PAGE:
Is it Immoral to Be Out of Shape?
After listening to my podcast on strength standards and spirituality, someone wrote in to ask: “Do people have a moral obligation to maintain a basic level of fitness?”
This is a challenging question, and not one that can be answered quickly. It’s challenging because it invites a lot of lower questions that need to be answered before the top can be taken care of.
Questions such as, what is morality? And, where does morality come from? These are philosophical questions that have been contested for ages. So, we’ll see what I can do.
Fitness According to Aristotle
Aristotle said all the things of life have four causes: A formal cause (what a thing is), a material cause (what a thing is made of), an efficient cause (who/what made the thing), and a final cause (what the thing is FOR).
The argument Aristotle makes is that if you can understand the four causes of a thing, you can “know” what that thing is. (This is also the basis for his view on morality.)
For example, he said that humans are “rational animals.” Rationality is our formal cause–that’s what makes us humans and not dogs or pieces of asparagus: we can reason. Pieces of asparagus can’t. So our final cause is to use our rationality.
But for what?
Well, according to Aristotle, the goal for any human is to live a good life, and that we use our rationality to get us there. This, of course, makes us wonder, what is a “good life”? And while we don’t need to get into all the details of that to answer our question, one part of a good life, says Aristotle, is willing the good of the other. Some of us might call that acting out of love.
But Aristotle would also say you need to will the good of yourself, insofar as doing so allows you to live a good life. That doesn’t mean being greedy. But it does mean treating yourself with love. You can’t take care of others, unless you take care of yourself, an adage I’m sure many of us are familiar with. But what Aristotle provides is a reasonable justification for that behavior, based on “final causality.”
Truth is, most of us know that we should do good for other people, even if most of us don’t know why we should do good for other people, even, and especially, when doing good for other people is inconvenient or dangerous to us. Well, Aristotle tells us: Because that’s what living a good life is about. It’s what we were made to do.
Moving into fitness, how could we argue that staying in shape is a moral act? Well, it is quite simple, actually. Since, according to Aristotle, anything that frustrates the final cause of humans seeking “the good” is to be considered “immoral.”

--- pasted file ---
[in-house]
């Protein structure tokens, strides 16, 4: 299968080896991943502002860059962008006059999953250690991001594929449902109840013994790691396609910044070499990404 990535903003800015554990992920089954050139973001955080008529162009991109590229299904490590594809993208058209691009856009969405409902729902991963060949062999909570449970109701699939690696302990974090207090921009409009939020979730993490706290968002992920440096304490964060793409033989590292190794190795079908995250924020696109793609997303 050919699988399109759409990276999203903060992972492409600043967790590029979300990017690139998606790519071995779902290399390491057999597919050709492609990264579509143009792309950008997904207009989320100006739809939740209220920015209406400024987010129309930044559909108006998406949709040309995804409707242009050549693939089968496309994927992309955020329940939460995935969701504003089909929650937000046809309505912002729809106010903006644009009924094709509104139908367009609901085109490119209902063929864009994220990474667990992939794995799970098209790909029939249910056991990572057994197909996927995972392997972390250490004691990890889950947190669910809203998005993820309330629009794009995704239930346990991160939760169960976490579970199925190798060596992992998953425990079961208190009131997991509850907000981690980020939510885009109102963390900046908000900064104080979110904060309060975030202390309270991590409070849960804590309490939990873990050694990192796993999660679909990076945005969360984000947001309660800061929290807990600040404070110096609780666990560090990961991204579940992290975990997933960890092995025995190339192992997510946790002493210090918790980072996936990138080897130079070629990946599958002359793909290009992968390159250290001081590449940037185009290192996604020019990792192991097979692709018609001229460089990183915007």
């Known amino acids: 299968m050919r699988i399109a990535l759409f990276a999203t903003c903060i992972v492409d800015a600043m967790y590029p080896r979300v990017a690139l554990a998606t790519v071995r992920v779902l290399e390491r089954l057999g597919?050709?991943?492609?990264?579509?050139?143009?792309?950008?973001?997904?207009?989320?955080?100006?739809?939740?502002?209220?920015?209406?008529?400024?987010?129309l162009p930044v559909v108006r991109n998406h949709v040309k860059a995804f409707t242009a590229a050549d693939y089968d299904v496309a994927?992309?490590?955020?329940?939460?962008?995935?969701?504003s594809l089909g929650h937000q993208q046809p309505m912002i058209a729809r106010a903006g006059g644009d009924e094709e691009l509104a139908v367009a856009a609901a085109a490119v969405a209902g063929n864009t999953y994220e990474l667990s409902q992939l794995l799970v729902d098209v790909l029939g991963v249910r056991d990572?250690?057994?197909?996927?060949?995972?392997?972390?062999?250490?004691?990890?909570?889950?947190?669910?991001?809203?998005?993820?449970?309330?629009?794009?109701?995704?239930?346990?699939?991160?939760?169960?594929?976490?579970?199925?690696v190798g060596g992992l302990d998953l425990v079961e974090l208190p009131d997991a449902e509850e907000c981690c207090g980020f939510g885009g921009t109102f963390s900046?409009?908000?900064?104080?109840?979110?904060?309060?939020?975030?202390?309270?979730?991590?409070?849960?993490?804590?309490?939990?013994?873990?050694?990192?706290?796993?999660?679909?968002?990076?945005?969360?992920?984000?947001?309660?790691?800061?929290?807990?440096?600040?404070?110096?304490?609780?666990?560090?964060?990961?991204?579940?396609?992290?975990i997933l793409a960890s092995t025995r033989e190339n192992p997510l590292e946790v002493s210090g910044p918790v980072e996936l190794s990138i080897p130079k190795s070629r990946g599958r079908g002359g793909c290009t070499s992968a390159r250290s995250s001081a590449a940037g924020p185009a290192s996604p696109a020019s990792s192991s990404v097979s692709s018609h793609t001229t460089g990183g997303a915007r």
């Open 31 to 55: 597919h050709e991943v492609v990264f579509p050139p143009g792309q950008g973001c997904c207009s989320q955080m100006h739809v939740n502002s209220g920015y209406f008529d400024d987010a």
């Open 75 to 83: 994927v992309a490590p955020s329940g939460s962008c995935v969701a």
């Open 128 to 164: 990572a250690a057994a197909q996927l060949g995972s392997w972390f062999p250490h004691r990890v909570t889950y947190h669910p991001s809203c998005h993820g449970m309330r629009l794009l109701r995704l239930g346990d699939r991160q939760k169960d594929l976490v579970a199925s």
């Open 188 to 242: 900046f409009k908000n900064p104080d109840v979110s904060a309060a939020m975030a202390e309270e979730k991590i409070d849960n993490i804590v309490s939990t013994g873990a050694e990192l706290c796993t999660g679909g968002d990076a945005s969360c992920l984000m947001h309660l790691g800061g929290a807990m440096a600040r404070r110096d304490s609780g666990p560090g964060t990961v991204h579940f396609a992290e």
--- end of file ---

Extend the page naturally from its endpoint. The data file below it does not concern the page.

For example, if somebody enslaved you, that’s immoral, because they’re impeding your ability to rational determine the outcome of your life; you are, in other words, being prevented from seeking the good. Same if somebody were to kill you. Your “final cause” would have been maximally frustrated. That’s why killing is wrong, at least according to Aristotle.
Again, we all know these things are bad intuitively–at least, I all hope we do. But Aristotle is giving us reasonable, philosophical reasons for WHY they are bad.
So now that we have the extreme examples–slavery, murder, etc–and since we can see why these things are bad in light of Aristotle’s reasoning, we can begin to make our argument for fitness.
Simply I would take this from the opposite view and say that if at any point your “unfitness” is frustrating your end of leading a good life, then it is an immoral act. Even if it is less of an immoral act, and even if it immoral only by omission, anything that frustrates the ends of “seeking the good” is to be considered as such. Certainly to let yourself slip so far out of shape is no treatment of love–can we all agree on that?
But does being out of shape then, make you an immoral person? Not necessarily. There’s often a difference between an immoral act and immoral person. Moral people commit immoral acts all the time. So we should never make the mistake of assuming that because someone does not take fitness seriously, they are a “bad” person. They might be a lazy person, or a busy person in other ways, or an ignorant person. But all of those things would not make them an immoral person, per se.
Because immoral acts do not always make for an immoral person–there’s more to it than that. But as for the question today, I think we’ve answered it. There are other philosophical views of morality, but this is the one I use, because this is the one that makes sense and is practical. So at least by Aristotelian reasoning we can say there is (at least some) morality linked to the idea of taking fitness seriously–that fitness is GOOD, and/or that being unfit is BAD.
But one more note, before we wrap this up, just to nuance our discussion. Because I’m sure we could think of some instances where fitness might not be good. For example, imagine somebody who obsesses over fitness, and takes fitness to the extreme. This obsession blocks their ability to love others and love themselves. In fact, their obsession causes them injury, physically and socially and spiritually. It frustrates their final cause.
So as much as this person says they are just “taking care of themselves”–well, are they? This is why it’s important to have philosophical underpinning, so you can evaluate things on a case by case basis. It would be imprudent to say all measures of fitness are “good”, because that is clearly not the case.
Thanks Aristotle. You’re much appreciated.
Strong ON! [Daily Generalist Programming]